I would say the dish was easy to make, but it was slightly time consuming. I could probably attribute this to the fact I have two stove burners and a tiny oven (ah, the joys of living in a studio) but I would like to say all the ingredients were cooked with a coordination usually reserved for Thanksgiving dinner. There was some roasting, toasting and reducing going on and I just can't do that all by my lonesome that quickly. In reality though, there wasn't too much skill involved - a 19-year old dorm-dwelling collegiate guy could do it.

It was substantial enough that on it's own I could fill myself up at lunch. Usually though I tossed in some brown rice to avoid a serious case of the snack attacks at 3pm. I have a snack drawer full of almonds and trail mix at my desk for a reason, but I like to reserve those for desperate times. Like when I feel the urge to stress eat or am very actively trying to avoid the communal candy bowl.

Chickpeas with Roasted Cumin and Tomatoes
Adapted from eCurry

  • 2.5 cups cooked chickpeas
  • 1 tablespoon vegetable oil
  • 2 teaspoons of grated fresh ginger
  • 1 green cardamom
  • 2 cloves
  • 1 teaspoon cumin seeds
  • fresh cilantro/coriander leaves
  • 2 hot green chile peppers, chopped – Optional
  • salt to taste
  • ½ teaspoons of turmeric
  • 1.5 cups fresh or canned tomato puree
  • 1.5  teaspoon roasted ground cumin

  1. Combine turmeric, salt, and the roasted cumin with the tomato puree and 1/2 – 1 cup water and stir it to mix.
  2. Dry roast the cardamom, clove in the pan. You will know they're done when you start smelling the spices roasting.
  3. Add the oil and the cumin seeds.
  4. Add the chopped peppers if you want it spicy. Once the cumin seeds start turning dark add the ginger paste. Cook for about a minute.
  5. Add the tomato puree mix, stir it in, and let it let it cook for about 4-5 minutes at medium heat.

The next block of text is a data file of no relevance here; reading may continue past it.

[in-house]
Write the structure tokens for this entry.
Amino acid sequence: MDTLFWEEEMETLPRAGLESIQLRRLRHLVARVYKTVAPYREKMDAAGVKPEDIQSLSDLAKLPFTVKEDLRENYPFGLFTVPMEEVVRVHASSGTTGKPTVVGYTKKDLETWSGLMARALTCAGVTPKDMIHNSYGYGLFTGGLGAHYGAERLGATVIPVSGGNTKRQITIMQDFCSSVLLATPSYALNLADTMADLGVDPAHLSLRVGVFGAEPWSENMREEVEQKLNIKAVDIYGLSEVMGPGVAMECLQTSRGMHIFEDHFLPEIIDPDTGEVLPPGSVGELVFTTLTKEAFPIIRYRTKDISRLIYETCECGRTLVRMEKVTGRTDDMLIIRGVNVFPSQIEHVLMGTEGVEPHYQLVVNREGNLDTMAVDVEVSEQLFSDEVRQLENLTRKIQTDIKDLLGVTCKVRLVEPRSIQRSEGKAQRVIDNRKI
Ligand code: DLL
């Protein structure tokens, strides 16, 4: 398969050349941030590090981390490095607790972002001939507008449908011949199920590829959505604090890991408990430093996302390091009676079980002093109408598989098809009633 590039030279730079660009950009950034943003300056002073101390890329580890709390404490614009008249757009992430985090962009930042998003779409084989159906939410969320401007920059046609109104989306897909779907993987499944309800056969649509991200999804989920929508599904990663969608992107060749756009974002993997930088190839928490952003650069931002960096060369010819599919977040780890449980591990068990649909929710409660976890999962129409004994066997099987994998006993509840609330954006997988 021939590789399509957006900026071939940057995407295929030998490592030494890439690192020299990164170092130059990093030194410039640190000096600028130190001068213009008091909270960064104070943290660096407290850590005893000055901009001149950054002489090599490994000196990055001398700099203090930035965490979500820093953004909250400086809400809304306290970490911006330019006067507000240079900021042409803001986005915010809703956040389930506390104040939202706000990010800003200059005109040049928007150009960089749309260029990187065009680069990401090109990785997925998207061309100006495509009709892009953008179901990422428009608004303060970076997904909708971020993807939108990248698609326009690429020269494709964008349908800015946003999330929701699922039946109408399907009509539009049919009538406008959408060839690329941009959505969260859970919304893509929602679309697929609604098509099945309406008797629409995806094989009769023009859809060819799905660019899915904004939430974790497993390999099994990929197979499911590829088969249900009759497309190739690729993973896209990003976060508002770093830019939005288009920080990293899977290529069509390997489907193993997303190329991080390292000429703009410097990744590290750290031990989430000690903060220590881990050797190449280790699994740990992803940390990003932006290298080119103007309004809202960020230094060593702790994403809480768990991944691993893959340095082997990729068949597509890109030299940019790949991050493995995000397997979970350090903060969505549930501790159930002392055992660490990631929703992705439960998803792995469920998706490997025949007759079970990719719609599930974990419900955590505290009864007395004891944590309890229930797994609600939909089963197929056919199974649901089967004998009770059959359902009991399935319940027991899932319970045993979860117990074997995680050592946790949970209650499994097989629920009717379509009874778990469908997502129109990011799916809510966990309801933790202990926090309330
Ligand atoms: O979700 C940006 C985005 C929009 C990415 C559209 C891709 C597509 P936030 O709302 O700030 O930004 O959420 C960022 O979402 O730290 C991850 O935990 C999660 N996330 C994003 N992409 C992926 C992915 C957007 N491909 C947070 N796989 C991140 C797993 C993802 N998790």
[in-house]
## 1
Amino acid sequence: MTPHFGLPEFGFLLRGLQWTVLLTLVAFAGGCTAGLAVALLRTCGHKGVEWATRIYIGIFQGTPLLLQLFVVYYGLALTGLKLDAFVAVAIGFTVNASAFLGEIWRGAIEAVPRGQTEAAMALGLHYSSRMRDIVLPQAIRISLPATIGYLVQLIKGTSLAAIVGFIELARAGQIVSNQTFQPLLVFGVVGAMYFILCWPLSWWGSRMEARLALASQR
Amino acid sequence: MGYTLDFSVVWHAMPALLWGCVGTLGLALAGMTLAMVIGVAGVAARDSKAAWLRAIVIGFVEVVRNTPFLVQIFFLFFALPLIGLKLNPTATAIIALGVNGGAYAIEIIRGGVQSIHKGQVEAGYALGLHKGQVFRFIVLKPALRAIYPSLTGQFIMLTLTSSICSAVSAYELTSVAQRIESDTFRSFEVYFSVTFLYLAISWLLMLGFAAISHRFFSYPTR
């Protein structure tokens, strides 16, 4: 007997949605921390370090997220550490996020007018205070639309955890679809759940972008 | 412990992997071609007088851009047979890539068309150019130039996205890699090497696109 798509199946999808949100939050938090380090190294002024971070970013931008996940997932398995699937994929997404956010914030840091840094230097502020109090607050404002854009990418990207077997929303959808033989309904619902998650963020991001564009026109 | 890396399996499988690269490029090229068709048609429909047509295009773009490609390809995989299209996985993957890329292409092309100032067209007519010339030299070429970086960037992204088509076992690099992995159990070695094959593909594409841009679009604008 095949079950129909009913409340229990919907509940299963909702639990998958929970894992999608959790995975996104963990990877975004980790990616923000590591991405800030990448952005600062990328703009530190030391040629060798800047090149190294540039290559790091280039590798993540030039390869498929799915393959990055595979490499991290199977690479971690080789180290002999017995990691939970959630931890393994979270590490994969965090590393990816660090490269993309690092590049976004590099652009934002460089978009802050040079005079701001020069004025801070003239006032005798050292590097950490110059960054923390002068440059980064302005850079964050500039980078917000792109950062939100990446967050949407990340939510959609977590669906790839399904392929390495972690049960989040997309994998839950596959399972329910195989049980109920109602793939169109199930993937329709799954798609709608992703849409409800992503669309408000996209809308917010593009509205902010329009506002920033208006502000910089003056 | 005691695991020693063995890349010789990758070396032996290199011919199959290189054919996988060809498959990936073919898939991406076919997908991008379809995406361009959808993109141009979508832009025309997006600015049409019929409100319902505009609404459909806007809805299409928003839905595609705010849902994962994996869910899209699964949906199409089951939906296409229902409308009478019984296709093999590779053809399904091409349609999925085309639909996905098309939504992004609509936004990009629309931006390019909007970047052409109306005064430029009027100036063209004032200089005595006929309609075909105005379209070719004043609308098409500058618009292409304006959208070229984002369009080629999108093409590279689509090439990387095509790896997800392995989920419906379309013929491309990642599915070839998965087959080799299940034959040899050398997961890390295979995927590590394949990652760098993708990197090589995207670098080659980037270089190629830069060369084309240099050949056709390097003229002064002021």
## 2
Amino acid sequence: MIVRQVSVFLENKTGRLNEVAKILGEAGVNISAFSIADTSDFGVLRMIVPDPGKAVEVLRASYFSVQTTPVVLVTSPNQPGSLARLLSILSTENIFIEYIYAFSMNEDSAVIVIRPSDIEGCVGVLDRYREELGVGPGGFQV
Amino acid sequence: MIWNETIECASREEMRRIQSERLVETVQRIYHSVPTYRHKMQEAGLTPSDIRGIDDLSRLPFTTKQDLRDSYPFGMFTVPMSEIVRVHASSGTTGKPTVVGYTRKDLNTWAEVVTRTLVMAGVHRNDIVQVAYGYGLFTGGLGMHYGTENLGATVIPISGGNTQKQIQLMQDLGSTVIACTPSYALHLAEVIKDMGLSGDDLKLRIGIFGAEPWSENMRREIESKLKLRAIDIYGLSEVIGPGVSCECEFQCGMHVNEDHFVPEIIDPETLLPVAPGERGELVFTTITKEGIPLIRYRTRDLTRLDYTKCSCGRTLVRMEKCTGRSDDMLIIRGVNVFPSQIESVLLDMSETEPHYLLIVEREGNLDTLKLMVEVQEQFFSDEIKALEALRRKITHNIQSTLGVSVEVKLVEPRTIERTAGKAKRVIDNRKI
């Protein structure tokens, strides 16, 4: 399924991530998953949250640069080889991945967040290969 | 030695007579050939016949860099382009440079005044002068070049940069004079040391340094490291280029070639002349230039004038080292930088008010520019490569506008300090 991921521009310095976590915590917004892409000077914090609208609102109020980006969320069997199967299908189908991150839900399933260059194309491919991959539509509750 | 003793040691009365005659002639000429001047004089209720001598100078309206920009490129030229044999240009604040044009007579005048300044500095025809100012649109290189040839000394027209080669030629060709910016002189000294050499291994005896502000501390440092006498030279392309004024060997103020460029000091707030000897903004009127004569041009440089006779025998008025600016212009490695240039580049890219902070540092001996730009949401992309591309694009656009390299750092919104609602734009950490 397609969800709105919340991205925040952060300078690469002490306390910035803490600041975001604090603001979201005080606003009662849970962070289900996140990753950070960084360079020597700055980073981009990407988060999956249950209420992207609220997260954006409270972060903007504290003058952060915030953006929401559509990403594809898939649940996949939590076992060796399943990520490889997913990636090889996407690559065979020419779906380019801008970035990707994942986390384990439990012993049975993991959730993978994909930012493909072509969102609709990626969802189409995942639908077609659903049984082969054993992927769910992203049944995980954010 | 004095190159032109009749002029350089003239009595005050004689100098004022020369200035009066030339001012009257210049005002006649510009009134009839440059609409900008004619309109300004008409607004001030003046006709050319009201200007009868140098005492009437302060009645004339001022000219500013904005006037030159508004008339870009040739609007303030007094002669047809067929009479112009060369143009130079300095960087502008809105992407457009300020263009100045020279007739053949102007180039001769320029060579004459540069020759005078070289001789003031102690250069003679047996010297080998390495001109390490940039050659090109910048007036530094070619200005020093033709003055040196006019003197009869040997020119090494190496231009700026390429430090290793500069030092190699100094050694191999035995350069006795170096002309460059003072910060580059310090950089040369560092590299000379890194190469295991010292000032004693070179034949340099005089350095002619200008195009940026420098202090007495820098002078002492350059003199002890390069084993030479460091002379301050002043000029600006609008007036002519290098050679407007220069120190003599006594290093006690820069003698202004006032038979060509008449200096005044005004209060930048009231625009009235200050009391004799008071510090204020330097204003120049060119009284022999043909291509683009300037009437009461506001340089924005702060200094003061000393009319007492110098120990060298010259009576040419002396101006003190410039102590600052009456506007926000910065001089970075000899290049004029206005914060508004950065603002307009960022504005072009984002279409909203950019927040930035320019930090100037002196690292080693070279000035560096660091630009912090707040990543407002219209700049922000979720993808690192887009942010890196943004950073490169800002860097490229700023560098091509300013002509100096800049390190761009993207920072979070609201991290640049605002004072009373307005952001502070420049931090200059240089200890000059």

6. Add the chickpeas, cover and simmer for for 7 – 10 minutes. Uncover and mash up a few chickpeas with the back of the spatula. This should be like a soup, not dry. So if the water dries up, add more water when you are boiling. Simmer for couple of more minutes. Switch off the heat and keep it covered until ready to serve.
  7. Garnish with fresh cilantro/coriander leaves.

Sunday, April 1, 2012

No-Knead Beer Bread

So these past two weeks have been kind of hectic insane totally crazy. I am now two weeks into my new job and one week into a little bug I affectionately call The Plague. Oh, and I whizzed on in to the ripe old age of 24 this past Monday. Somehow during all of this I also managed to start and finish the entire Hunger Games trilogy. I think I may have snuck in a nap or two, swirled 'A' into the mixture and came out on the other end alive but lacking a voice. Hopefully a new book, some honey & lemon tea and a little bit a sun will be the cure I need.

As you may have guessed, there wasn't much time for blogging. And by not much time I mean none at all. I think I may have looked at my photo log to see if anything was queued up but that's as far as I got. So here I am, Sunday afternoon, willing my voice to work and ready to blog. If you notice this post is a little bit shorter than most it's because I most likely fell asleep and gave up.